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The Link Between Coronavirus, The Climate And The Cult Of “Me First”

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Thirteen years ago, after a series of near-miss pandemics, including those caused by the swine flu, bird flu and the SARS virus (which causes severe acute respiratory syndrome), U.S. health officials decided they needed to build an additional 70,000 ventilators.  

Ventilators, of course, are medical devices that hospitals use to help patients breathe when they are suffering from pneumonia or lung failure. The goal was to save lives in case of a future global pandemic of the kind we are now experiencing with the coronavirus.

According to reporting in The New York Times, the public health project got off to a great start. The federal Department of Health and Human Services awarded a contract to a small and nimble California company called Newport Medical.


The company quickly produced a prototype breathing assistance machine that worked very well and with one third of the $10,000 price tag for each of the big, bulky, and highly complex ventilators used in hospitals today.

But then the project got derailed. Exactly zero of these 70,000 planned new ventilators were built in time to save American lives during the coronavirus pandemic now sweeping the planet and crippling our economy.

The problem was that the medical device industry decided there was not enough profit in the cheaper, simpler ventilators. A few years into its contract, Newport Medical was bought out by a much larger medical device manufacturing company, called Covidien, which already sold a line of traditional, more expensive ventilators. Covidien did not want competition from a cheaper model, so it shut it down.

That move made perfect sense from a business perspective. But it is now proving devastating for public health as thousands of people die because of a lack of enough ventilators.

Our nation’s failure to prepare for the coronavirus pandemic has direct relevance to our inability to deal with an even bigger, long-term crisis: climate change. The same is true with many other cascading environmental threats, including the die-off of endangered species and chronic water pollution in the Chesapeake Bay and other waterways.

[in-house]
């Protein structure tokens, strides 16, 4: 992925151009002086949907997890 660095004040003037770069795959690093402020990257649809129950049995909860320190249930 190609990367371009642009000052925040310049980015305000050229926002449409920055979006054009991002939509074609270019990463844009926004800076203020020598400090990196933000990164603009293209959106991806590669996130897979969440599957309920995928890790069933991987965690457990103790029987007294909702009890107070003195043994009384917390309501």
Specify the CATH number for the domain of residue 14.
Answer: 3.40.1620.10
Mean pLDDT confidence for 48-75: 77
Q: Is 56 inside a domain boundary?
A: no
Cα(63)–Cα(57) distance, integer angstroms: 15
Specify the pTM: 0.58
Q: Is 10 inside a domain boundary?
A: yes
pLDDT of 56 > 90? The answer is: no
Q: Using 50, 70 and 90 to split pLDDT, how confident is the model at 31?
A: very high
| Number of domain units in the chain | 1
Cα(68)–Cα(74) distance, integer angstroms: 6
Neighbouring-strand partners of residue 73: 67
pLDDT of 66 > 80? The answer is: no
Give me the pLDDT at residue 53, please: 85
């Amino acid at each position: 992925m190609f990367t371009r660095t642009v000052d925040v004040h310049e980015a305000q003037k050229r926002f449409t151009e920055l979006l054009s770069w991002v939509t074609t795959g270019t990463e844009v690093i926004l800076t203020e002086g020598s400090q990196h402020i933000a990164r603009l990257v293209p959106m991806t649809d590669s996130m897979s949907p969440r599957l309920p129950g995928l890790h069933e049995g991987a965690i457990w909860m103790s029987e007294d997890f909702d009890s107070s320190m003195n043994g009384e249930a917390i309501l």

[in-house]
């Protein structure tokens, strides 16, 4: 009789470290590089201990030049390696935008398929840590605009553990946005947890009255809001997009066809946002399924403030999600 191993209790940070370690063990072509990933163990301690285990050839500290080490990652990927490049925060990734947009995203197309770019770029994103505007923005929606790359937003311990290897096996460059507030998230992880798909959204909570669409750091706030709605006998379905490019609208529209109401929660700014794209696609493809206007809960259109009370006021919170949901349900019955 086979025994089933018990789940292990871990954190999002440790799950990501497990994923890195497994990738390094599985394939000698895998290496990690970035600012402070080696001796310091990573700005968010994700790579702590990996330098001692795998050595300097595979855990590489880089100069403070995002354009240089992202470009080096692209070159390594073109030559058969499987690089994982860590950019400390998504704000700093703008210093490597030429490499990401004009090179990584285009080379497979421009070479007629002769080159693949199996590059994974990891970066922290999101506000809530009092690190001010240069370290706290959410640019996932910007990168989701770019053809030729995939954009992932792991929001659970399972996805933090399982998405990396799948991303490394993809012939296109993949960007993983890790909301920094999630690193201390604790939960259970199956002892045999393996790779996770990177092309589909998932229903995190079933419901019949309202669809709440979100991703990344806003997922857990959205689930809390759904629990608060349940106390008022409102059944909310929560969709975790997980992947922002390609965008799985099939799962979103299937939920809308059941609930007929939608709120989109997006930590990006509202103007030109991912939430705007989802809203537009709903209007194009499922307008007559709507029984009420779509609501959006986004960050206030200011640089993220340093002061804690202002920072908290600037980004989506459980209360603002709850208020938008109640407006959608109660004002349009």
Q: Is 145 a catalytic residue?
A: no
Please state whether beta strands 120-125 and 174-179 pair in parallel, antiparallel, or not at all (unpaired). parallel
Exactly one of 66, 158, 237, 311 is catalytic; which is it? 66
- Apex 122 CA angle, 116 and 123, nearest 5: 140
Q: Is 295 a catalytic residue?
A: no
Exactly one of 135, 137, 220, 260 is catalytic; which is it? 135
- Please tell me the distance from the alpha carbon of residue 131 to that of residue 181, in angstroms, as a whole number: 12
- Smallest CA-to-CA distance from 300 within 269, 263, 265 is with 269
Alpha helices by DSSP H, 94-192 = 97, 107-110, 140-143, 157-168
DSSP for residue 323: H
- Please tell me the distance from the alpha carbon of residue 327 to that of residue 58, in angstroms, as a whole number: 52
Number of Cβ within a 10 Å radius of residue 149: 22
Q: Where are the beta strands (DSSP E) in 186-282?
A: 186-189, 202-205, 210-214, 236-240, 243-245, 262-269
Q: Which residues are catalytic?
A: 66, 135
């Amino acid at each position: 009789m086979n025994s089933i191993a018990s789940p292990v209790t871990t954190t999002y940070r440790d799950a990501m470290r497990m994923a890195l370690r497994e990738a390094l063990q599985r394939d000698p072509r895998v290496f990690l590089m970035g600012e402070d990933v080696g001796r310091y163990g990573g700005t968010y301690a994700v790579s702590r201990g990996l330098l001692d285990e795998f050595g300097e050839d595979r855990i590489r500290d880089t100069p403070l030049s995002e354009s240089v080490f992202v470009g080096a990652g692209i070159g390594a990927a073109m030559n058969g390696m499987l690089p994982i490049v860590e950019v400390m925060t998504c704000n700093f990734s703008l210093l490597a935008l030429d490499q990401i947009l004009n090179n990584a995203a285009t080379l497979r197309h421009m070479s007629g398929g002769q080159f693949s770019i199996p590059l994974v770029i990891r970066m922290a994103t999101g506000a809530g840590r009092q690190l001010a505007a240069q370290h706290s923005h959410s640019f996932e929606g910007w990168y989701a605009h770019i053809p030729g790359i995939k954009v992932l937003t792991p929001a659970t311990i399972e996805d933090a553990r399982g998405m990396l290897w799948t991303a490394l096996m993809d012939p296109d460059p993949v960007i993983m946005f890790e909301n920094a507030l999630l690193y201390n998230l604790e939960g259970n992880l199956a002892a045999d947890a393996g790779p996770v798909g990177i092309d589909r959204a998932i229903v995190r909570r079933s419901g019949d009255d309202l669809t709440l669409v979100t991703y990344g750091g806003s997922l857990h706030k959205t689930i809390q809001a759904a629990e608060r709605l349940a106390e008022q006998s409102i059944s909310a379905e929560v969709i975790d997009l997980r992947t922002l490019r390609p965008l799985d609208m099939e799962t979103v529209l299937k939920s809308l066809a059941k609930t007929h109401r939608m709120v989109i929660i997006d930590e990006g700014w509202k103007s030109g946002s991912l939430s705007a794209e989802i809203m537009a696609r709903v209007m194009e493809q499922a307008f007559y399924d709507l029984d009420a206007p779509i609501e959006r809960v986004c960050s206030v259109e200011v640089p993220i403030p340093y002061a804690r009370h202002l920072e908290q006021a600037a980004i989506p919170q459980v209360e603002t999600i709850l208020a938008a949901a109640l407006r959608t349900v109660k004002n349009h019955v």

The common thread is that all these problems require government action to serve the greater good. The question of profit should be removed from the equation. It will never be profitable, for example, to clean up our rivers by upgrading old and leaky sewer systems. Protecting America’s last wild lands from development will always be a money loser. So will public transportation to cut down on greenhouse gas pollution.  No one should expect anyone to make money or create jobs by saving monarch butterflies from extinction.

That does not mean we should not do these things.  We absolutely should. But we should be realistic about the fact that unfettered, raw capitalism – the ideology of President Trump and many of his supporters -- will always serve the interests of the strong few who already have money and political leverage at the expense of the many who do not.  This short-sighted, competitive, immoral mindset – the politics of “me first!” -- will never serve the interests of safeguarding public health or protecting the natural world.

This is not to suggest that socialism would be a better system. What we need is capitalism that serves average people and their elected government, not the other way around. Capitalism and other successful forms of competition require rules and direction. It's just like you can’t hold a football game without someone to blow the whistle when the aggression gets out of hand.

Both the coronavirus pandemic – and our global environmental crises – have exposed the fact that we’ve let the cult of business profit spiral way out of control.

It’s time to blow the whistle on this madness.


Tom Pelton, a national award-winning environmental journalist, has hosted "The Environment in Focus" since 2007. He also works as director of communications for the Environmental Integrity Project, a non-profit organization dedicated to holding polluters and governments accountable to protect public health. From 1997 until 2008, he was a journalist for The Baltimore Sun, where he was twice named one of the best environmental reporters in America by the Society of Environmental Journalists.